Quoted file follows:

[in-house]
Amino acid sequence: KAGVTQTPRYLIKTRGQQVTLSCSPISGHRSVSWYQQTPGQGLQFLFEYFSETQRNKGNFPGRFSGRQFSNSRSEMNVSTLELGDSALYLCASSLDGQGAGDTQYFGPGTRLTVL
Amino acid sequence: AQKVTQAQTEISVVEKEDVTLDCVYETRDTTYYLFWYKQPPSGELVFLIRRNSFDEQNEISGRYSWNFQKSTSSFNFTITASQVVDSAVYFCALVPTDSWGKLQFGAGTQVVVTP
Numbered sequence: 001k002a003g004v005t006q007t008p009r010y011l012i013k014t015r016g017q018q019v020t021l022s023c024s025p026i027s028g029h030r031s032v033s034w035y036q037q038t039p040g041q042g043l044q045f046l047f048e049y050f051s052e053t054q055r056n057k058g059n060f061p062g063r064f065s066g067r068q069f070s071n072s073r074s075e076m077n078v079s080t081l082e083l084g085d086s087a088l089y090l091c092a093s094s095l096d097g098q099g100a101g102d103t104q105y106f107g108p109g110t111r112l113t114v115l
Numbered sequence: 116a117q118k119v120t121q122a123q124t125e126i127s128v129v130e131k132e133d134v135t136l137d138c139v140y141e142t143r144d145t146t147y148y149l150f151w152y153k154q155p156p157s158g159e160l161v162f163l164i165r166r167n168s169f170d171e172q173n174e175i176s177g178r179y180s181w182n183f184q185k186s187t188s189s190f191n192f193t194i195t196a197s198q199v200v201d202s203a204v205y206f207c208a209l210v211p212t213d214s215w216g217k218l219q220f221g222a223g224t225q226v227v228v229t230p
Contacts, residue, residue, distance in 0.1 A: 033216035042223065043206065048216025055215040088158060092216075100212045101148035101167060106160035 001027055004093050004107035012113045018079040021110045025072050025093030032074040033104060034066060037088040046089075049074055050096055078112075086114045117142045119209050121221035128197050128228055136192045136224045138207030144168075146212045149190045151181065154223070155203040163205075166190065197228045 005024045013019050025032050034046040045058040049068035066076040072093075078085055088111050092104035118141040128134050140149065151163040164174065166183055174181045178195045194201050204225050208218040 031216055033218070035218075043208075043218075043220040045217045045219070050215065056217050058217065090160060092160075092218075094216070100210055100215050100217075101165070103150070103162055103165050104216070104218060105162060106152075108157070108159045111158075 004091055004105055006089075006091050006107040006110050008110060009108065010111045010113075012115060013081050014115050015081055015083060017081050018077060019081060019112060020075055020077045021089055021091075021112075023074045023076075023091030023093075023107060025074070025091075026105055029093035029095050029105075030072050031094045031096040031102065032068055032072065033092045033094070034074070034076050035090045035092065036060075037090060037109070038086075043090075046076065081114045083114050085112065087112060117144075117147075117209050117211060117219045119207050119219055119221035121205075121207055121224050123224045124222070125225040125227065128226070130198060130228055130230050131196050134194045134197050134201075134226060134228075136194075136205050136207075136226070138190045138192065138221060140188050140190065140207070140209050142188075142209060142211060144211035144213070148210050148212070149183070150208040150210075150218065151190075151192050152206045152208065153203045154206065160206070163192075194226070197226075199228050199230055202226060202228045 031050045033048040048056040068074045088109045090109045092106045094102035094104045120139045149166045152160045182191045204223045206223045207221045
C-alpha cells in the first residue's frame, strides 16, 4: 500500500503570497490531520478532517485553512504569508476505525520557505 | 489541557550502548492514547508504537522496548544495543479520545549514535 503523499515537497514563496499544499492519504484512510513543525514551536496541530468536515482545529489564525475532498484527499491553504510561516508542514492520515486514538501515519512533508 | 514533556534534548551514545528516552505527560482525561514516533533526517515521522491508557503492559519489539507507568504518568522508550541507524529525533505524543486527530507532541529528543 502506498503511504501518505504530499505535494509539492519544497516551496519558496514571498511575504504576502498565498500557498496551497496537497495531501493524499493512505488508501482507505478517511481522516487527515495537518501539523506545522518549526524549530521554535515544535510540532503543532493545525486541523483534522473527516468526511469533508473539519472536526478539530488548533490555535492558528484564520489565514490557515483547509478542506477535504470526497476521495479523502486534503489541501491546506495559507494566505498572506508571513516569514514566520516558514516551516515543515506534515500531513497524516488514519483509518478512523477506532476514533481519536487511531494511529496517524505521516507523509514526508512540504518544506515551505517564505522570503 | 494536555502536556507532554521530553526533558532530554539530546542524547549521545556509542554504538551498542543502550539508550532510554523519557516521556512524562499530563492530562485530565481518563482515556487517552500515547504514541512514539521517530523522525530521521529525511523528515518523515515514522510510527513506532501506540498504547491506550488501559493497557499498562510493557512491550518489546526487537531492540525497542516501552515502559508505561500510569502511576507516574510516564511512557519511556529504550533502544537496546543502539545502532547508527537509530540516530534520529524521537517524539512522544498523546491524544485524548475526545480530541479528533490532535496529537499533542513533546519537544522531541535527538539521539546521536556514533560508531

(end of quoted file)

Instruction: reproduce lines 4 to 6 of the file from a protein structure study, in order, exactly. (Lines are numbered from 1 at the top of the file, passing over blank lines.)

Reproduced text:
Numbered sequence: 001k002a003g004v005t006q007t008p009r010y011l012i013k014t015r016g017q018q019v020t021l022s023c024s025p026i027s028g029h030r031s032v033s034w035y036q037q038t039p040g041q042g043l044q045f046l047f048e049y050f051s052e053t054q055r056n057k058g059n060f061p062g063r064f065s066g067r068q069f070s071n072s073r074s075e076m077n078v079s080t081l082e083l084g085d086s087a088l089y090l091c092a093s094s095l096d097g098q099g100a101g102d103t104q105y106f107g108p109g110t111r112l113t114v115l
Numbered sequence: 116a117q118k119v120t121q122a123q124t125e126i127s128v129v130e131k132e133d134v135t136l137d138c139v140y141e142t143r144d145t146t147y148y149l150f151w152y153k154q155p156p157s158g159e160l161v162f163l164i165r166r167n168s169f170d171e172q173n174e175i176s177g178r179y180s181w182n183f184q185k186s187t188s189s190f191n192f193t194i195t196a197s198q199v200v201d202s203a204v205y206f207c208a209l210v211p212t213d214s215w216g217k218l219q220f221g222a223g224t225q226v227v228v229t230p
Contacts, residue, residue, distance in 0.1 A: 033216035042223065043206065048216025055215040088158060092216075100212045101148035101167060106160035 001027055004093050004107035012113045018079040021110045025072050025093030032074040033104060034066060037088040046089075049074055050096055078112075086114045117142045119209050121221035128197050128228055136192045136224045138207030144168075146212045149190045151181065154223070155203040163205075166190065197228045 005024045013019050025032050034046040045058040049068035066076040072093075078085055088111050092104035118141040128134050140149065151163040164174065166183055174181045178195045194201050204225050208218040 031216055033218070035218075043208075043218075043220040045217045045219070050215065056217050058217065090160060092160075092218075094216070100210055100215050100217075101165070103150070103162055103165050104216070104218060105162060106152075108157070108159045111158075 004091055004105055006089075006091050006107040006110050008110060009108065010111045010113075012115060013081050014115050015081055015083060017081050018077060019081060019112060020075055020077045021089055021091075021112075023074045023076075023091030023093075023107060025074070025091075026105055029093035029095050029105075030072050031094045031096040031102065032068055032072065033092045033094070034074070034076050035090045035092065036060075037090060037109070038086075043090075046076065081114045083114050085112065087112060117144075117147075117209050117211060117219045119207050119219055119221035121205075121207055121224050123224045124222070125225040125227065128226070130198060130228055130230050131196050134194045134197050134201075134226060134228075136194075136205050136207075136226070138190045138192065138221060140188050140190065140207070140209050142188075142209060142211060144211035144213070148210050148212070149183070150208040150210075150218065151190075151192050152206045152208065153203045154206065160206070163192075194226070197226075199228050199230055202226060202228045 031050045033048040048056040068074045088109045090109045092106045094102035094104045120139045149166045152160045182191045204223045206223045207221045